April is Autism Awareness Month, and as we close out the month I sat down with Clouderan Susana López Huertas, who shared her story of raising a son with autism and the work she is doing to promote an environment where autistic adults can thrive in the workforce.
Meet Susana López Huertas
Susana, who has been a part of Cloudera for about a year, works out of the Madrid office as a senior account manager for the country’s Telecom, Media, and Central Public Sector accounts. She has 20 years of experience in the field with companies like EMC, Dell, and SAS.
Susana and her husband juggle a family of two children aged nine and 11, with her oldest, Borja, who is autistic. The specialized care Borja needs requires Susana’s day to be flexible. “I have to be honest with my clients and my team about my schedule and my personal situation. Sometimes we have therapy after school, and I usually find myself working once the kids are asleep” she said. “The European team and leadership have been so supportive. Romain Picard, our SVP for the region, hires the ‘whole person’ and in turn gets a lot out of his team.”
Building awareness of autism through Susana’s family journey
“I was excited to participate in a #ClouderaLife Spotlight because it is so important that people have greater awareness around this disorder,” Susana said.
“What we see in film or in a brief interaction with someone with autism creates a lot of misconceptions.”
Susana explained that lack of eye contact, a common trait with those with autism, creates assumptions that the person lacks any interest or ability to show affection or relate to others. This cannot be farther from the truth.
Take Susana’s son Borja, who shows curiosity about different topics and is able to learn a lot on his own about those he is passionate about while displaying sincerity and honesty throughout his day. Borja was diagnosed with autism at two and a half, after Susana and her husband noticed Borja started talking late at two and didn’t answer to his name or maintain eye contact.
Early detection is very important when talking about autism so a child can start with therapy as soon as possible. Applied Behavior Analysis (ABA) is the therapy of choice for Borja, which the family settled on after trying many other things. “It’s all a matter of trial and error, and seeing what works for your child,” Susana explained. “From adopting a dog, and later a cat, to enjoying the swimming pool or playing badminton with his friends.”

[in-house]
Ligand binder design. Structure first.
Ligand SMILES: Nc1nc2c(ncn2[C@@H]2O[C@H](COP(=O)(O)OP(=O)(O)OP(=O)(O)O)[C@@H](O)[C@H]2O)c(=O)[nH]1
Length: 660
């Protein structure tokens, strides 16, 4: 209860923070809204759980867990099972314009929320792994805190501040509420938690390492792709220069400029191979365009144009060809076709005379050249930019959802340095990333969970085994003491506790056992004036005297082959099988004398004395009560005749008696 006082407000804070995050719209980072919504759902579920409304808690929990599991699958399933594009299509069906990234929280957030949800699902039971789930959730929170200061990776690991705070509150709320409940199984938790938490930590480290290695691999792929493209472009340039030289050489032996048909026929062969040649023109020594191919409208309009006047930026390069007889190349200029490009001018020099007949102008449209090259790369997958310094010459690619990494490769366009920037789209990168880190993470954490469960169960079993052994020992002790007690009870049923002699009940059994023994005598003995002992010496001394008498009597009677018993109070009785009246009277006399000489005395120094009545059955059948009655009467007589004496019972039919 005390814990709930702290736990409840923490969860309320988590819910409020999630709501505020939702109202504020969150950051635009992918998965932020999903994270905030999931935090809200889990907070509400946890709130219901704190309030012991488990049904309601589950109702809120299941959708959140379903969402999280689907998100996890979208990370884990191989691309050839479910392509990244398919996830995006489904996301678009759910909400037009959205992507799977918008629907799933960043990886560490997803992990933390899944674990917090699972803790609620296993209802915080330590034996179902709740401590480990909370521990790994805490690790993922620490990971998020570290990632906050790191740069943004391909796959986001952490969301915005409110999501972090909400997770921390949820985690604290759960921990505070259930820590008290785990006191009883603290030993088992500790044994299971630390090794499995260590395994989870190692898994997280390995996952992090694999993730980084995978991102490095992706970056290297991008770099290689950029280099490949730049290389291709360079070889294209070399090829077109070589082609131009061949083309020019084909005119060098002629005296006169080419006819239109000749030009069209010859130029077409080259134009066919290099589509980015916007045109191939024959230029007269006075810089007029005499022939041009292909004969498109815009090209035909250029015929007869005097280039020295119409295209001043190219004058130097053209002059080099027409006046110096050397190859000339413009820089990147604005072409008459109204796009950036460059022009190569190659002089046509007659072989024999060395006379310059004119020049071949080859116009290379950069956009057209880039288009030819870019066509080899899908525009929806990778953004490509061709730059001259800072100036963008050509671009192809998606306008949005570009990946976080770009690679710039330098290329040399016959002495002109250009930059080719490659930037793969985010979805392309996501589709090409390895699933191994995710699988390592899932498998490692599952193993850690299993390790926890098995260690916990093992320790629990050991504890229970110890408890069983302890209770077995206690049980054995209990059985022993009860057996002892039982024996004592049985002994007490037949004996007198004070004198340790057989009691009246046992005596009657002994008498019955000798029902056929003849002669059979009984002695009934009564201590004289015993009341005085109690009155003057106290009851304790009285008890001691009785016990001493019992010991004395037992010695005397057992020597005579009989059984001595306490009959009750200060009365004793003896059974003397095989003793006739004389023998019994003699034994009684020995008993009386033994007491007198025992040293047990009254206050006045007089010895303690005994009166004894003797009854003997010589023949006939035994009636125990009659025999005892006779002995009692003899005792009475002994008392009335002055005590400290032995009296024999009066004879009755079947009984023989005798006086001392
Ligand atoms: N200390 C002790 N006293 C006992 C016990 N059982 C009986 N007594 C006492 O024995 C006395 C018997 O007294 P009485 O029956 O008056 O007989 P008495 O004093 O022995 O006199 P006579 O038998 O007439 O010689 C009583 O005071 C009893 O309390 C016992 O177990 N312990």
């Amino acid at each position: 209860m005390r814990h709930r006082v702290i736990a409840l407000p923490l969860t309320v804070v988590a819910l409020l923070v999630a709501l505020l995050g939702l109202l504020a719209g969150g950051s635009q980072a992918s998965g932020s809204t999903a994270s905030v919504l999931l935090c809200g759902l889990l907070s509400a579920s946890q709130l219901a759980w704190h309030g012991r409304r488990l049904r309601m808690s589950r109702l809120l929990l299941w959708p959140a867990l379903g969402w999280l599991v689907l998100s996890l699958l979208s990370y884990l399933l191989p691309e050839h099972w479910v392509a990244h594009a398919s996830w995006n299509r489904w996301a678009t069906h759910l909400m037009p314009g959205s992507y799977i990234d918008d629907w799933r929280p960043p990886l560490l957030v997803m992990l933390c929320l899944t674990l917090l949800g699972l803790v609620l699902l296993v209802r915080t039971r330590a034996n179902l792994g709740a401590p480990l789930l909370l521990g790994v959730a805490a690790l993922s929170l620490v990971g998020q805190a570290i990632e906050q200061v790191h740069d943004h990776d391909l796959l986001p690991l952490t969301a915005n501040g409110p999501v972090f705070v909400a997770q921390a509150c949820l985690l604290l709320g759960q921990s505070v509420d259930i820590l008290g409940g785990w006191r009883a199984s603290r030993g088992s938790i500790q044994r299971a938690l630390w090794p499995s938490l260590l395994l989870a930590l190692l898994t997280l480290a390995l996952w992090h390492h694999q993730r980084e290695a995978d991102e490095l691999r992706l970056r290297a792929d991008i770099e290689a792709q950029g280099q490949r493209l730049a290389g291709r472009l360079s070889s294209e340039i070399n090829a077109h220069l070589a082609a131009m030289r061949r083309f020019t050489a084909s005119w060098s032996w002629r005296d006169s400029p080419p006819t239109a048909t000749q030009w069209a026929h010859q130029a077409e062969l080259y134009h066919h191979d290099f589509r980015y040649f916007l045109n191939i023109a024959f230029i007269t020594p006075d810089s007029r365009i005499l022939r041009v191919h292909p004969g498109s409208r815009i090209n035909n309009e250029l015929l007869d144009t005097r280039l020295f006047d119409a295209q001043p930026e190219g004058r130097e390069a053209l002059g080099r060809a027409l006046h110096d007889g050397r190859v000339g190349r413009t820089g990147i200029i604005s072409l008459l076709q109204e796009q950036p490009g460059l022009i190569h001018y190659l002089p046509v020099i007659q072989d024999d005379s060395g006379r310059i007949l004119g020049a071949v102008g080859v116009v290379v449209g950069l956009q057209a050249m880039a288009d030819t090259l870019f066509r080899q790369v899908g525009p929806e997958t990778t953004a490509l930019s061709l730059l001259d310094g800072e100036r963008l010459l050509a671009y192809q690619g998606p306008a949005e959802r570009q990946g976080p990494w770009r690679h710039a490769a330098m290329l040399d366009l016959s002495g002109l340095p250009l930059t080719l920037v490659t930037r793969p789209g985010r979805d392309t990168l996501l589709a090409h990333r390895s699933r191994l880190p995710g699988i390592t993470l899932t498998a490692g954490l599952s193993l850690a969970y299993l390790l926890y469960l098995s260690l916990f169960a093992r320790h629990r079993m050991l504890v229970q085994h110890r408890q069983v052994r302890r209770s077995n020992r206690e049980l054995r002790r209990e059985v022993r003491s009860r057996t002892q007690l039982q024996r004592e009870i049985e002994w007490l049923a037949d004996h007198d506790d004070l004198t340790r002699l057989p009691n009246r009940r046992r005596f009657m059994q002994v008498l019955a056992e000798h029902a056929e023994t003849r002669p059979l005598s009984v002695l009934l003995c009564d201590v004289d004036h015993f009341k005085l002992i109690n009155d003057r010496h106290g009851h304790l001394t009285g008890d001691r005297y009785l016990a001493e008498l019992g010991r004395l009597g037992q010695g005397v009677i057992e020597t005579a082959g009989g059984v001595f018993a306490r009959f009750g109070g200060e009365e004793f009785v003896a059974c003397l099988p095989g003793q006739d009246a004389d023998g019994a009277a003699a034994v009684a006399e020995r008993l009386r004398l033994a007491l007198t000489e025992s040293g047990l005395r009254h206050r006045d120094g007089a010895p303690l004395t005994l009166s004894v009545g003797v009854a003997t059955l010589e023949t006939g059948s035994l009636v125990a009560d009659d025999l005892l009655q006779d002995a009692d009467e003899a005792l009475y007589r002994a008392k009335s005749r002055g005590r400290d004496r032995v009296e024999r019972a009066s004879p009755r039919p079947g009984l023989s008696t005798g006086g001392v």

ABA is a type of interpersonal therapy in which a child works with a practitioner one on one. The goal of ABA is to improve Borja’s skills, focusing on social skills, by using interventions that are based on principles of learning theory.
Borja has shown great results working with his therapist, who has become part of the family. Some tasks he is assigned are projects like venturing out to the supermarket with a list of items to purchase and instructions for greeting and communicating with people he interacts with. When he comes back, he is rewarded for his efforts. “This teaches him respect and compliance with established rules, attention to detail, and trains him to become an independent adult,” Susana explained.
Employing adults with autism: how we all can make a difference
Employment opportunities for adults with autism is another issue to consider. According to European figures, between 76% and 90% of adults with autism spectrum disorders are unemployed. This is a cause Susana is worried and passionate about as she thinks about her son’s future.
Susana has partnered with Cloudera’s Employee Resource Group (ERG), Capable+, whose mission is to leverage individuals’ unique abilities to contribute while striving for equity in employment opportunities and to improve, advance, educate, and to fully participate in every facet of Cloudera.
Last October for example, Capable+ hosted the event Neurodiversity: The What, Why and How of This Massive, Untapped Business Resource to build awareness and get more involved.
Through these programs and talking with coworkers, Susana has found like-minded individuals with both direct or indirect experience with neurodiversity issues as well as those who just want to make a difference.
Susana wants to encourage everyone to get involved in this cause by donating or volunteering to local organizations. A great European-based foundation to look into is Specialisterne Foundation, a nonprofit with the goal of generating meaningful employment for one million autistic/neurodivergent persons.
As we close out this Spotlight we thank Susana for taking the time to share her story and her efforts in making a difference, not only for her family but for all those living with autism.